Blogs > HNN > Maartje M. Abbenhuis: Review of A History of the Great War, 1914-1918 ( 2nd ed. Chicago: Academy Chicago Publishers, 2007)

Feb 24, 2008 10:57 pm

Maartje M. Abbenhuis: Review of A History of the Great War, 1914-1918 ( 2nd ed. Chicago: Academy Chicago Publishers, 2007)

[Maartje M. Abbenhuis is Senior Lecturer in Modern European History at the University of Auckland, New Zealand. She specializes in the history of European neutrality,particularly of the Netherlands in WWI. Her first book,"The Art of Staying Neutral: the Netherlands in the First World War, 1914-1918" appeared in 2006.]

I find myself in the rather curious position of reviewing a book that was first published in the 1930s, has been reprinted several times since the second edition appeared in 1936, and has purportedly been replaced and was deemed to need replacing by Hew Strachan’s colossal The First World War (2001; Volume I: To Arms. [Oxford University Press, 2001], p. xiii.) Cruttwell’s work is undoubtedly a classic. It stands alongside Basil H. Liddell Hart The Real War (1930) as a foundation work in English upon which many military historians’ assessments of the First World War are based. In many respects, it has passed the tests of time gracefully and, despite a few oddities of expression and grating (to the modern reader) infelicities to non-western cultures, is a remarkably refreshing read, well worthy of another reprint.

Having said this, it is also a product of its time. Cruttwell served on the western front as well as in the intelligence branch of the British War Office during the First World War. His history of the war reflects both these connections. The focus of the book is almost exclusively on military matters with only infrequent forays into other aspects, such as economic matters, the home front, and political concerns. There is much that is not here, including an analysis of the origins of the war and of the peace negotiations and treaties that came at its end. There is very little domestic history, excepting a concise account of the Russian revolutions. But chastising the author for what he has not written and, most probably, did not wish to write about is rather unfair. This is a work of traditional military history and, as such, it is very good.

The book is divided into 38 chapters covering all the major areas of conflict on land and at sea, although surprisingly little attention is given to the war in the air. Cruttwell may be forgiven for giving “the great sideshows” of the western front more prominence “than their intrinsic importance deserves” (his words), by the fact that he offers some compelling accounts of the war in eastern and southern Europe and the Middle East. He may, however, be criticised for offering a little too much detail on the war at sea while not enough on the final stages of the Verdun campaign, Brusilov’s masterful sieges in 1916 or on the collapse of the Austria-Hungarian fronts. Yet he does justice to the importance of economics in warfare, including a useful chapter on the decisions made by key neutrals, including Italy and Bulgaria, to become belligerents and another excellent one on the discussions surrounding the reintroduction of unrestricted U-boat warfare by Germany in 1917 that saw the United States enter the war.He also includes a chapter on the failed attempts to negotiate for peace in 1916 and 1917 by various groups and individuals, including President Woodrow Wilson, the pope and the German parliament.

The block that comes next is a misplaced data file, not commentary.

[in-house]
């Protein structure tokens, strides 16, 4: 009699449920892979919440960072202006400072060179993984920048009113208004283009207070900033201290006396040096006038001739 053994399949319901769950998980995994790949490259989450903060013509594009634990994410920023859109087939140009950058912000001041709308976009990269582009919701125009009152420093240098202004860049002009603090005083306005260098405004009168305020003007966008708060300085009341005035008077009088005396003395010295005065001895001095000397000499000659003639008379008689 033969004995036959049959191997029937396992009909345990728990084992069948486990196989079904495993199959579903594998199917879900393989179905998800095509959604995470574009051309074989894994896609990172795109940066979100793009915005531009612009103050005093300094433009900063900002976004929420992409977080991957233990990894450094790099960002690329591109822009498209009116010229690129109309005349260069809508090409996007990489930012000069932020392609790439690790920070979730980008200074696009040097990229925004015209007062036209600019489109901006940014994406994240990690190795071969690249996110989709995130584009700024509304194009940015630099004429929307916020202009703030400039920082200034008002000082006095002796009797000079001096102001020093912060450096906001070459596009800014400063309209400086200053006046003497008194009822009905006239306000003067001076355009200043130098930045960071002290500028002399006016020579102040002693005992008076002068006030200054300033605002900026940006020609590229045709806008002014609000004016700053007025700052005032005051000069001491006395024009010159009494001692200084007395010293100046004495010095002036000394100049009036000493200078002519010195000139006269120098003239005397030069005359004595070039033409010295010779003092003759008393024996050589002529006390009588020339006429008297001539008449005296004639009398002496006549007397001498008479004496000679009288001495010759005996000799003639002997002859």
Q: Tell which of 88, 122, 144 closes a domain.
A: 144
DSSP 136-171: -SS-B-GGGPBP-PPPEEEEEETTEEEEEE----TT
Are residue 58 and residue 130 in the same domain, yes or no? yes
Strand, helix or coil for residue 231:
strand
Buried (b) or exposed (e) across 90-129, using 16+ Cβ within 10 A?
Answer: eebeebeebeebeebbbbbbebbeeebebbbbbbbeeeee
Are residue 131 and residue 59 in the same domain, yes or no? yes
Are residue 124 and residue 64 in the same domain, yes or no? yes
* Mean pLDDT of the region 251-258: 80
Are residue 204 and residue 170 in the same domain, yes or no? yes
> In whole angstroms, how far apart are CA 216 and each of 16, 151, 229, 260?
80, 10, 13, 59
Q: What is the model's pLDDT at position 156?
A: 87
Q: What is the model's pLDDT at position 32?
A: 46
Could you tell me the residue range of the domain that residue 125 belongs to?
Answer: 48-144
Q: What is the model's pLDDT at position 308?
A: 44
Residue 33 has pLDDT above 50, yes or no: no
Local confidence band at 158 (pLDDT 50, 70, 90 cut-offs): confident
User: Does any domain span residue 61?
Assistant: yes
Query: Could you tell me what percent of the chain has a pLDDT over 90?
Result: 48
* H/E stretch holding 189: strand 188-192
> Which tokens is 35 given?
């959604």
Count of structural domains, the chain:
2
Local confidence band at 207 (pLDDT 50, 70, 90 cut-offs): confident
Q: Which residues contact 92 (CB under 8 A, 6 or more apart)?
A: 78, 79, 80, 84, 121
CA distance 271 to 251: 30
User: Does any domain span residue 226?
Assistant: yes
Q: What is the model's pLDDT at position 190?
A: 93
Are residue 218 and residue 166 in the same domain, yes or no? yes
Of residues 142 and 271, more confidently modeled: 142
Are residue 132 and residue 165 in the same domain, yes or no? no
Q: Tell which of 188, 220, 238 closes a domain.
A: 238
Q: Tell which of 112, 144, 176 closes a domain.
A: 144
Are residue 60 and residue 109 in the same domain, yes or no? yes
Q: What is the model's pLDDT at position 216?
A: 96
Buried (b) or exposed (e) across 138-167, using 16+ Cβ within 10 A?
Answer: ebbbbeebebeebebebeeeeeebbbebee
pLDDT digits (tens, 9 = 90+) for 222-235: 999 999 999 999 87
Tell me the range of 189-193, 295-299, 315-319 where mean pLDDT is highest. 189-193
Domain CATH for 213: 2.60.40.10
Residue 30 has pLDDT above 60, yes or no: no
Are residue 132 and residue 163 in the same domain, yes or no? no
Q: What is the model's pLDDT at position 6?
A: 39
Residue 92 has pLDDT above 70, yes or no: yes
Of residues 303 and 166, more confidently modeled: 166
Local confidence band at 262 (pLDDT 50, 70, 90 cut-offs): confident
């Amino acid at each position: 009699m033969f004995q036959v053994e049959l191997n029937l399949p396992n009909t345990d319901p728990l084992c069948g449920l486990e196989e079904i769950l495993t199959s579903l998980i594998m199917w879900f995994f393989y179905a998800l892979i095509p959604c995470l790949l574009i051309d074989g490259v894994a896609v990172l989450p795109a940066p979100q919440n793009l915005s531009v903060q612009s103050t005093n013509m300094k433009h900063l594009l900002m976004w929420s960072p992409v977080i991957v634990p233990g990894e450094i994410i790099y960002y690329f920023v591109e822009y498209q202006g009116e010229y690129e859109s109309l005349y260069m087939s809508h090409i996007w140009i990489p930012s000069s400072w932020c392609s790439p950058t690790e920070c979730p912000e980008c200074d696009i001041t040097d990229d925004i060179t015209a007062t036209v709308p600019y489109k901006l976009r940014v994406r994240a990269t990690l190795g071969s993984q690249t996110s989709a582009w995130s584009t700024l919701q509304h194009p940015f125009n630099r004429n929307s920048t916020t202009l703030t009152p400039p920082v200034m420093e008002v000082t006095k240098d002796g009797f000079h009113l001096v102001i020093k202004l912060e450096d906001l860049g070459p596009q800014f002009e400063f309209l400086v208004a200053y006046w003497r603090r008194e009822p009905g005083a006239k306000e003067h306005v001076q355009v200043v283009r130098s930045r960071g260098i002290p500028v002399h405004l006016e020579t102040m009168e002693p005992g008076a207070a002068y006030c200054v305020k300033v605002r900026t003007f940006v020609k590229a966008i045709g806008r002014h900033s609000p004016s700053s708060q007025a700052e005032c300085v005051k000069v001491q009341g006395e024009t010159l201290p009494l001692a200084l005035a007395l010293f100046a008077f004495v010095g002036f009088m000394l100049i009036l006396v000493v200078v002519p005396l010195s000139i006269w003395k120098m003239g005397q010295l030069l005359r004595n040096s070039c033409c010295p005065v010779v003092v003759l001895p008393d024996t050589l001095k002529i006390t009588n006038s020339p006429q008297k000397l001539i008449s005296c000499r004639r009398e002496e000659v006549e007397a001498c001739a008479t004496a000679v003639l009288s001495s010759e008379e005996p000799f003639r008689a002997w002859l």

Above all, the book stands out for the way in which the author brings his accounts of military campaigns to life. Cruttwell was an excellent writer. He masters the art of evoking the personalities who determined the course of many war developments as well as describing in vivid detail the nature of the warfare those developments brought about. The historian, T. H. Thomas, aptly reviewed the first edition of the book in 1935 as follows: “His soldiers, and even his generals, are workaday men rather than projections of fanciful ideas; and the bewildering detail of war is treated [by Cruttwell] with admirable clarity and sense of proportion.” (T. H. Thomas in American Historical Review. 41, no. 1, October 1935, p. 147. To this end, I found Chapter III recounting the complex manoeuvres at the battles of Tannenberg and Masurian Lakes and the big men who defined them - notably the German generals Ludendorff and Hindenburg and their Russian counterparts Samsonov and Rennenkampf - particularly compelling. Two lasting images for me are also the description in Chapter 14 of the Salonika front as a giant internment camp and the idea that even as late as August 1918 “no one, either soldier or statesman, supposed that the war would end in 1918.”

For anyone searching for an authoritative, well-written and solid account of the military history of the First World War, Cruttwell’s book still makes for compulsive reading. But even those who have a more general interest in this first “great war” will find enough here to whet their appetite and keep the pages turning.

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